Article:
Prime Wardrobe uses hyper convenient shipping and returns — and wide selection — to take a major shot at department stores.
Amazon’s fashion and retail aspirations are no secret. It’s become a part of their Alexa efforts and they have a patent for their own fast fashion production. And this week, the online retail giant announced a new initiative that has investors psyched: Prime Wardrobe.
Targeted at former mall-shoppers, Prime Wardrobe sends customers up to 15 items of clothing “to try on for free at home,” according to Business Insider. (Presumably only the “sending” part is free — this isn’t a Warby Parker’s situation — but Amazon is offering discount for the more articles of clothing you buy.)
Business Insider asserts that Amazon has a greater selection of apparel than any one department store, but particular name brand choices can still leave something to be desired. But Amazon is working aggressively in that area — Nike is apparently close to selling products through the site which could encourage other name brands to do the same. And yet, for the former mall department store shoppers in the niche Amazon is targeting, their selection is certainly comparable.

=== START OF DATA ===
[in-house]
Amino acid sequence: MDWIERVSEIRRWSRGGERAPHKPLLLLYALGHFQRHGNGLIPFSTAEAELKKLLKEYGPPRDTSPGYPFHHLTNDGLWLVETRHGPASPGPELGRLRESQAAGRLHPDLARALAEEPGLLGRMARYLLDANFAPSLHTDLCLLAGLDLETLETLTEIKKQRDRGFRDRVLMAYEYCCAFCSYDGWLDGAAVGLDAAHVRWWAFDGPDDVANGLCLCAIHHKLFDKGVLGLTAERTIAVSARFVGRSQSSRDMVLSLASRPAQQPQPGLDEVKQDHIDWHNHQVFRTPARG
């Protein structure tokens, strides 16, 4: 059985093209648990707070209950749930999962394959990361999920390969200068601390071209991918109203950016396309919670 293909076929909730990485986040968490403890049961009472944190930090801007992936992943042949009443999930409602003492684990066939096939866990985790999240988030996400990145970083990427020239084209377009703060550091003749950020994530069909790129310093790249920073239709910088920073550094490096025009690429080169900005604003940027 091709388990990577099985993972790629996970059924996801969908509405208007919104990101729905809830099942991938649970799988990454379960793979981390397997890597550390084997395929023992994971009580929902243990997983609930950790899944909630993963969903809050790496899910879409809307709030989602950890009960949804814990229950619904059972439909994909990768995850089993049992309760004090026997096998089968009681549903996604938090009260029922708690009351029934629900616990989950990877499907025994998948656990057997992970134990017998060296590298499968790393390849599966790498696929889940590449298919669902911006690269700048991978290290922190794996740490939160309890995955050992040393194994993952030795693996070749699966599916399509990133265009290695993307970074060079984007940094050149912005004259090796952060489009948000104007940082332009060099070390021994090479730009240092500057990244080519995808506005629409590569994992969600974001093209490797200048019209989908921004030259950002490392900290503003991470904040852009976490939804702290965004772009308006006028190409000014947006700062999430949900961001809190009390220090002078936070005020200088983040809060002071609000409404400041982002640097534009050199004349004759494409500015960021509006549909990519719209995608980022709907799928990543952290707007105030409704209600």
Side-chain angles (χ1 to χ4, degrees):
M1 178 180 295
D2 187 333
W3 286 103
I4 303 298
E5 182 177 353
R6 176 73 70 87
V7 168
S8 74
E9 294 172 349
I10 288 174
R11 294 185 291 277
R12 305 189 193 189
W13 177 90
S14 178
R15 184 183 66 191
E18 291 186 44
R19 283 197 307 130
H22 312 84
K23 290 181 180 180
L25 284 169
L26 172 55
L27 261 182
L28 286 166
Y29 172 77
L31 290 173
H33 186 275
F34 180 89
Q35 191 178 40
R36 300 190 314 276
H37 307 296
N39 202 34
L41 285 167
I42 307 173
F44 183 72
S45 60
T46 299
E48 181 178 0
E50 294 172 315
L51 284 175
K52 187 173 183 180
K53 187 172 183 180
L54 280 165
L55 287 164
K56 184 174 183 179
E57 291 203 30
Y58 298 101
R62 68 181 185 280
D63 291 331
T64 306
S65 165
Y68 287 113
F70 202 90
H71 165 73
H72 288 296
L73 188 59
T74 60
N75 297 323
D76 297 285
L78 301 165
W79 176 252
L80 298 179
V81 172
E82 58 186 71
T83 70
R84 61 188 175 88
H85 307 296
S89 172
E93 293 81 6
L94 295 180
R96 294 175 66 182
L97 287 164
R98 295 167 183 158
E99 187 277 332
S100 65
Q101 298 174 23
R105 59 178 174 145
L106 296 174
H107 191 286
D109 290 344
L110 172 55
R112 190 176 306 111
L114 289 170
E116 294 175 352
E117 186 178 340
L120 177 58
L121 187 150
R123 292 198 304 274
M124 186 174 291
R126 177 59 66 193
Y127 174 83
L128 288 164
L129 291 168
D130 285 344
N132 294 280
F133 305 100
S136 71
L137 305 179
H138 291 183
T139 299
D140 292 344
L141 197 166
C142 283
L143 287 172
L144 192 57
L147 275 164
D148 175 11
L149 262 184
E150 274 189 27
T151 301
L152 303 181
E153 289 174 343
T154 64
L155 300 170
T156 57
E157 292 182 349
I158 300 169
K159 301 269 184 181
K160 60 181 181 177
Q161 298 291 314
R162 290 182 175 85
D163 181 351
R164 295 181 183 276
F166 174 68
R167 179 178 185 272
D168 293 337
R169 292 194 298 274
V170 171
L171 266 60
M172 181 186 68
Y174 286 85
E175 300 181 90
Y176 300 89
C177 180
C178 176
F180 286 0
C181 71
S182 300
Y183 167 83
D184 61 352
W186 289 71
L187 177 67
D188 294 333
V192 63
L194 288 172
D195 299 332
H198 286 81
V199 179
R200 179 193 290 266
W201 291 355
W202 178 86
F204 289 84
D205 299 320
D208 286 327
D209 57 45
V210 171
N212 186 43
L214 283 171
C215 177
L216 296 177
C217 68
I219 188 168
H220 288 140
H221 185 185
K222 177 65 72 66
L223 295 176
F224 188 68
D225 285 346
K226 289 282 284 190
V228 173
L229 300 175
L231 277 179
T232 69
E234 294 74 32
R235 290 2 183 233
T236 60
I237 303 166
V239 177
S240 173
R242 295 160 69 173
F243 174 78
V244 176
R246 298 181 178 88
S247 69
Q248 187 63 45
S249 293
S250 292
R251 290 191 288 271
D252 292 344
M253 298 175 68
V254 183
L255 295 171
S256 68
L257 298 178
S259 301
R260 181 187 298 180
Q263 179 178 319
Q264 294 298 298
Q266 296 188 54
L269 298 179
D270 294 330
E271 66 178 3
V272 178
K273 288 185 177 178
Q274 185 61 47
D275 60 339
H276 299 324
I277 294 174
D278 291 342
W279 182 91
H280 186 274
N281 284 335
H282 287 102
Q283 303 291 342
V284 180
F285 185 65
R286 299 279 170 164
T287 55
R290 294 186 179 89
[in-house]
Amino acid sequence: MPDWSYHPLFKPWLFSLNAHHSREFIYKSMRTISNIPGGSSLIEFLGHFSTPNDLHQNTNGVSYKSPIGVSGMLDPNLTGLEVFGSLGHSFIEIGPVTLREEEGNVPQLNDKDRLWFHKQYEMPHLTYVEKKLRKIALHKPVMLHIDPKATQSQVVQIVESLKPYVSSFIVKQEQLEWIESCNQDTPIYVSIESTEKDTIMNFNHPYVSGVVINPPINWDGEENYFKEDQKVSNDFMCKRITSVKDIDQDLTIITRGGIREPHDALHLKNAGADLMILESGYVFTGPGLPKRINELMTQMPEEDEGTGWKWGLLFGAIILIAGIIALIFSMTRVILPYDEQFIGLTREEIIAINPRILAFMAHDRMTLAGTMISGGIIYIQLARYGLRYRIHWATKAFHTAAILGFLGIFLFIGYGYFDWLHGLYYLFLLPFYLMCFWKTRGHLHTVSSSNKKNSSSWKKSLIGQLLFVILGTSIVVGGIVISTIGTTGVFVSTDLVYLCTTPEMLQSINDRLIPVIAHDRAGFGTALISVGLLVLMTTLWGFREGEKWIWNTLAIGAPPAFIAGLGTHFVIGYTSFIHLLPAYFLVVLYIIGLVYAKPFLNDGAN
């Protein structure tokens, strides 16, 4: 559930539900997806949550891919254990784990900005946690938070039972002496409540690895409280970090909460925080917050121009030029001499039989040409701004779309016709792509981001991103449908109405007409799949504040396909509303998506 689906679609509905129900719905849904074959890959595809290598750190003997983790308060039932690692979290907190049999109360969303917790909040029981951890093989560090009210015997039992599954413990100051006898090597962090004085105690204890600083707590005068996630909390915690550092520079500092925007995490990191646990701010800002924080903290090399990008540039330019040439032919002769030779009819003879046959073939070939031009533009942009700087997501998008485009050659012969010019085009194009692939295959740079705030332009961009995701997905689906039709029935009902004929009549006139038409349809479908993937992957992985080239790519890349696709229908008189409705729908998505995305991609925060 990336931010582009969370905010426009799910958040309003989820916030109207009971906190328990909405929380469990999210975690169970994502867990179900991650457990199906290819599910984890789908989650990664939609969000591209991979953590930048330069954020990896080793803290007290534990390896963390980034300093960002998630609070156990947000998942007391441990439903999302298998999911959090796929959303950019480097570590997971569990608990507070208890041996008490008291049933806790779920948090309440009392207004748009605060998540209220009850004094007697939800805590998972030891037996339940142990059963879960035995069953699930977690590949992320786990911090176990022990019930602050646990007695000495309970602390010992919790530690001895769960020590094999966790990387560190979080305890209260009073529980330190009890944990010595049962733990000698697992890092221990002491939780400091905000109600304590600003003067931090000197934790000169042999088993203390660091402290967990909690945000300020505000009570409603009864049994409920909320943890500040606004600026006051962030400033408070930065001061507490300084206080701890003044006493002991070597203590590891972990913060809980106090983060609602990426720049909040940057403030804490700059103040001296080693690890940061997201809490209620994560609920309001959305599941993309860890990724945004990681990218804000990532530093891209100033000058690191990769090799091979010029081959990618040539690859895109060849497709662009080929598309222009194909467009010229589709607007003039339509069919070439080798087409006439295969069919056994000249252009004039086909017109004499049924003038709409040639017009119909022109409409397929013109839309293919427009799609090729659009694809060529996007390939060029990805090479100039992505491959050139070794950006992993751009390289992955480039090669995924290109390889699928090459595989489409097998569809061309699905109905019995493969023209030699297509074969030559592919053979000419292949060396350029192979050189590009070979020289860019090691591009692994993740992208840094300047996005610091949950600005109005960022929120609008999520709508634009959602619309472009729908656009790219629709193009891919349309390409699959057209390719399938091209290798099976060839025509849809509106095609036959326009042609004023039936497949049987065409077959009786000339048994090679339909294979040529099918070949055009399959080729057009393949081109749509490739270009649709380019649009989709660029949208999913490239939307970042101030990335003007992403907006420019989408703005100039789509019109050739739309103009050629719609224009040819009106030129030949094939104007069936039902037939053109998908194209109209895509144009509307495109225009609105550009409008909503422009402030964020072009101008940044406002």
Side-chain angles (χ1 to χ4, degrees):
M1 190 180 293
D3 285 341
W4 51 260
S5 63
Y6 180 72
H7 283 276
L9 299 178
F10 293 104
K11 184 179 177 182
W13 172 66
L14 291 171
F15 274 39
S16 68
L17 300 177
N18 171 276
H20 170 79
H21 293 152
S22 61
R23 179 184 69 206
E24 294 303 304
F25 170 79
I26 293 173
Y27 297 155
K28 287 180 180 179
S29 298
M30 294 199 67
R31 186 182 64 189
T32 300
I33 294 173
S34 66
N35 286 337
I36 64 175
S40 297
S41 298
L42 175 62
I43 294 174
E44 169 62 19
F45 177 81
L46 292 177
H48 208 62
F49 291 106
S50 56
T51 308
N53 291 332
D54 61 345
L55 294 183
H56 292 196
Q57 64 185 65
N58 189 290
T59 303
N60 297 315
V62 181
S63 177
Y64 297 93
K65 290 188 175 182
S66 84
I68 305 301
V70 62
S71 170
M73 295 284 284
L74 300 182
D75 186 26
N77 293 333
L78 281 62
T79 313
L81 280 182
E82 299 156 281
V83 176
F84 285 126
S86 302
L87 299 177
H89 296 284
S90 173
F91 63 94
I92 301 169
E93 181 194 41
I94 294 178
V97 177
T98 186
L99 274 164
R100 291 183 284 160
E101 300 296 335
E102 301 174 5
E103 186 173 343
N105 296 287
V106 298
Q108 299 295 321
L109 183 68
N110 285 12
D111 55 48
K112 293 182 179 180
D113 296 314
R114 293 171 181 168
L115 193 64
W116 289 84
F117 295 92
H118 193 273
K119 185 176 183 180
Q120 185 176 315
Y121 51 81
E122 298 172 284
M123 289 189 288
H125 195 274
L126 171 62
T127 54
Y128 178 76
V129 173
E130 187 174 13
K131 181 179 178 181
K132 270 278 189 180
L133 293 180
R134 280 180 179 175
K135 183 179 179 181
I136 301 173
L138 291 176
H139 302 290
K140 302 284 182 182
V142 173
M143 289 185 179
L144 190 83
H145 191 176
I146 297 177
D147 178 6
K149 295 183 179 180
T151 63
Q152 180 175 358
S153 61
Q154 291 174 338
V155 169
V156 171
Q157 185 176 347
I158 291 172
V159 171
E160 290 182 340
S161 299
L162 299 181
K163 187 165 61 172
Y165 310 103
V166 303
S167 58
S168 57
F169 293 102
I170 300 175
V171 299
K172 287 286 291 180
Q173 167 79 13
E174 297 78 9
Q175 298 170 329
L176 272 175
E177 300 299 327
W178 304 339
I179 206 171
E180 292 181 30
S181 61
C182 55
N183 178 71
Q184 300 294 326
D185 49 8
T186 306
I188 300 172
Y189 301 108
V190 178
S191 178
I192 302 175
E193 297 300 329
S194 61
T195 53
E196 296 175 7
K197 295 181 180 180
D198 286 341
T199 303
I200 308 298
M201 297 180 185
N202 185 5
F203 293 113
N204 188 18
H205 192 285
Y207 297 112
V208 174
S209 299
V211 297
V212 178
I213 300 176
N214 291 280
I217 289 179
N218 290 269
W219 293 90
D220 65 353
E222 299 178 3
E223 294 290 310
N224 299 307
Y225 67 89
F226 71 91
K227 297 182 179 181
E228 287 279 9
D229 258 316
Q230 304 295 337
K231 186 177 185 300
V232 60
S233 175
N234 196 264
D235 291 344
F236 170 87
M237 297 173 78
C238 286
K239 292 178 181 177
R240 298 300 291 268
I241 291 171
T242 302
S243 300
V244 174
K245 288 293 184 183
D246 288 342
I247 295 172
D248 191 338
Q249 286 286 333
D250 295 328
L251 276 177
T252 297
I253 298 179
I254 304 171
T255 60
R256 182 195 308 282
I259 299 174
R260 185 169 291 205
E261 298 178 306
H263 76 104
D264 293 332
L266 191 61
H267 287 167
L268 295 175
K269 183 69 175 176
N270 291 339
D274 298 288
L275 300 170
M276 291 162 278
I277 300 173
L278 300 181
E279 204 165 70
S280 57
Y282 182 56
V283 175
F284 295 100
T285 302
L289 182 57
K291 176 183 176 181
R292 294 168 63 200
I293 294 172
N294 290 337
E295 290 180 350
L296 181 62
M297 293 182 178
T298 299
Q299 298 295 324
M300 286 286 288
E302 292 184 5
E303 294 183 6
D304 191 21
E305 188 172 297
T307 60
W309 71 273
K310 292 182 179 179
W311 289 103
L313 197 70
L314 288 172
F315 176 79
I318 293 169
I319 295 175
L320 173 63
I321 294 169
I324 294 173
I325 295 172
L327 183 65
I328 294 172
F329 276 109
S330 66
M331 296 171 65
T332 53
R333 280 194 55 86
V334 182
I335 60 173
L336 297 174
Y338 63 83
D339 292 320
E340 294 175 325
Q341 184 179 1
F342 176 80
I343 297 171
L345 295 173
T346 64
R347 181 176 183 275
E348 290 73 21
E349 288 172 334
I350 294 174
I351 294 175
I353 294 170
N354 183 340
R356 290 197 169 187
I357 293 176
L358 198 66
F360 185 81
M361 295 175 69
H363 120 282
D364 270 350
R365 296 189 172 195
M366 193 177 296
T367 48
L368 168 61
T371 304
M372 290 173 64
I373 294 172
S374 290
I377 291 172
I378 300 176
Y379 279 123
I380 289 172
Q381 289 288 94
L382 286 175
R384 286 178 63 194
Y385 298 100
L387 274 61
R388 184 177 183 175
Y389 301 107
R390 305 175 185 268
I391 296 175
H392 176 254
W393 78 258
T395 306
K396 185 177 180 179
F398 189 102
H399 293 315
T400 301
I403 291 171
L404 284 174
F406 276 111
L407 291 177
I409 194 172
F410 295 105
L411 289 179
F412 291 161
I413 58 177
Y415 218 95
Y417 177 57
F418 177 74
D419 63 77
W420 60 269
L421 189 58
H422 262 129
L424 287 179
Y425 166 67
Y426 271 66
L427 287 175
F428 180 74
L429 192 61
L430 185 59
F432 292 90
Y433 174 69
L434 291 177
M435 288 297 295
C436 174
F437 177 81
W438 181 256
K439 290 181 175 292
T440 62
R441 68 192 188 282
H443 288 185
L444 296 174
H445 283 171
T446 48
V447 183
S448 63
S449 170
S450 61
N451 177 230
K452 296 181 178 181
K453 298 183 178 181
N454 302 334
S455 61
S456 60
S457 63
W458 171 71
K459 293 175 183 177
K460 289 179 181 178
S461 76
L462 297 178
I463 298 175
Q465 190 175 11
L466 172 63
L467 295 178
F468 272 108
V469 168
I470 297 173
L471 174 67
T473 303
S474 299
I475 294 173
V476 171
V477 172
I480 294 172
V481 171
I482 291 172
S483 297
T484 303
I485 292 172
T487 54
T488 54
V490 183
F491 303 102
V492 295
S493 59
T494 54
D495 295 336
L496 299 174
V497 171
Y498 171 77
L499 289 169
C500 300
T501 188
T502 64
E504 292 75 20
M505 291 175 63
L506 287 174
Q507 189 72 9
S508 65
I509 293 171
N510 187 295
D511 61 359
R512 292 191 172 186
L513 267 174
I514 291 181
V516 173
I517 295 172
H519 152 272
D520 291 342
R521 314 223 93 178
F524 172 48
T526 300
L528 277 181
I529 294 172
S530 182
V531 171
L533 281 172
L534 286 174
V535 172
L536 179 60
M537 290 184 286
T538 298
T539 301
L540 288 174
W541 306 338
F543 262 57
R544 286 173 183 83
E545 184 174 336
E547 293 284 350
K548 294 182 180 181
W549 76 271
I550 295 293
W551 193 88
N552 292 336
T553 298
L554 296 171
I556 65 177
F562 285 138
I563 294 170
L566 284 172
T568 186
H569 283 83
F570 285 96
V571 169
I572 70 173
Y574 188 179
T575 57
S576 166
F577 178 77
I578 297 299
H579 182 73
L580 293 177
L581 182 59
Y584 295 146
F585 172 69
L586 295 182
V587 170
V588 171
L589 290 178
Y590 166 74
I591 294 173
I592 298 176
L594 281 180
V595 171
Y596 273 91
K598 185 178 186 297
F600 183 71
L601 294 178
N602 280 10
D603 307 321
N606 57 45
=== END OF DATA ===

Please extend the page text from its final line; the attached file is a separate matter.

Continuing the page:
Even with free shipping and free returns, consumers are often put off by the inconvenience of returns. It’s not always easy or accessible to finding a box the right size or access to a printer. So, Prime Wardrobe will ship with return label in the box. (Ease of returning also means consumers may be more likely to feel comfortable ordering multiple sizes.) Furthermore, you can reseal the box and leave it on your front porch.
Prime Wardrobe shares a business model with a German sevice called Zalando, according to Credit Suisse analysts as reported by Business Insider. Zalando has been quite succesful which leads the analysts to believe Prime Wardrobe will be too.
Honestly, Amazon nails most of what it sets out to achieve, so there’s little reason to believe they won’t quickly win over shoppers with convenient orders and returns.